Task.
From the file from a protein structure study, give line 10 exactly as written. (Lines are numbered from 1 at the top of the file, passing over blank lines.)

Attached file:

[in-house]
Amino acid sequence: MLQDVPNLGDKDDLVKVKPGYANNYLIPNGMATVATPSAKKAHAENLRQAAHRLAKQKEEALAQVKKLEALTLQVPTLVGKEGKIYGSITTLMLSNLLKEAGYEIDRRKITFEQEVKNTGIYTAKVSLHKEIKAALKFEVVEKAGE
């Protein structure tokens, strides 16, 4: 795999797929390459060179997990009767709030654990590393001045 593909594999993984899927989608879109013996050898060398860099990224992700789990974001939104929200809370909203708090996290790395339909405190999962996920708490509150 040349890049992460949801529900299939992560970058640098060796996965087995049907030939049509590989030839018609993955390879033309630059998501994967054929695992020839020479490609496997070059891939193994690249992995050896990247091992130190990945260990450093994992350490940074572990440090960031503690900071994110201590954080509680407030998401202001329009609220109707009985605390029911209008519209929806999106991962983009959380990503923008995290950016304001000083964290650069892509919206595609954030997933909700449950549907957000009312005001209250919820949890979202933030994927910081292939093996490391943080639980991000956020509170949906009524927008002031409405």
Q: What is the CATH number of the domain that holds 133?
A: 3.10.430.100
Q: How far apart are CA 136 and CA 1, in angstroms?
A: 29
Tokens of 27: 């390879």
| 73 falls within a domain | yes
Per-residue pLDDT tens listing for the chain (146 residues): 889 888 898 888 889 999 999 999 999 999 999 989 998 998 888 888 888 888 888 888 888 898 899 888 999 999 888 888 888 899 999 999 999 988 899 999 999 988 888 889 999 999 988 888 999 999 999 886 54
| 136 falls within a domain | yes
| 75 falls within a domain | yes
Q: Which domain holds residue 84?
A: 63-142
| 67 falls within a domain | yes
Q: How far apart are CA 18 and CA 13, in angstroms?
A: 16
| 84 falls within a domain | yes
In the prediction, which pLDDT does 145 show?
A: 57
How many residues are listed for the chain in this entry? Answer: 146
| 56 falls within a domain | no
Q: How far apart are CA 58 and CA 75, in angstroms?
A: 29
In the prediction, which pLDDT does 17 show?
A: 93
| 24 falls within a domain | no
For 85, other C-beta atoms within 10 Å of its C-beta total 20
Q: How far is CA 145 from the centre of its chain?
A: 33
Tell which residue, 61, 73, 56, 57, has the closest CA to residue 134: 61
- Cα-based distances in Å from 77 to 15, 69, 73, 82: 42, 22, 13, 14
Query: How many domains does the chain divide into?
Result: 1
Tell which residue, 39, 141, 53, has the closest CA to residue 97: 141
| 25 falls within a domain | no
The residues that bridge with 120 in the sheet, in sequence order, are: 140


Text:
Per-residue pLDDT tens listing for the chain (146 residues): 889 888 898 888 889 999 999 999 999 999 999 989 998 998 888 888 888 888 888 888 888 898 899 888 999 999 888 888 888 899 999 999 999 988 899 999 999 988 888 889 999 999 988 888 999 999 999 886 54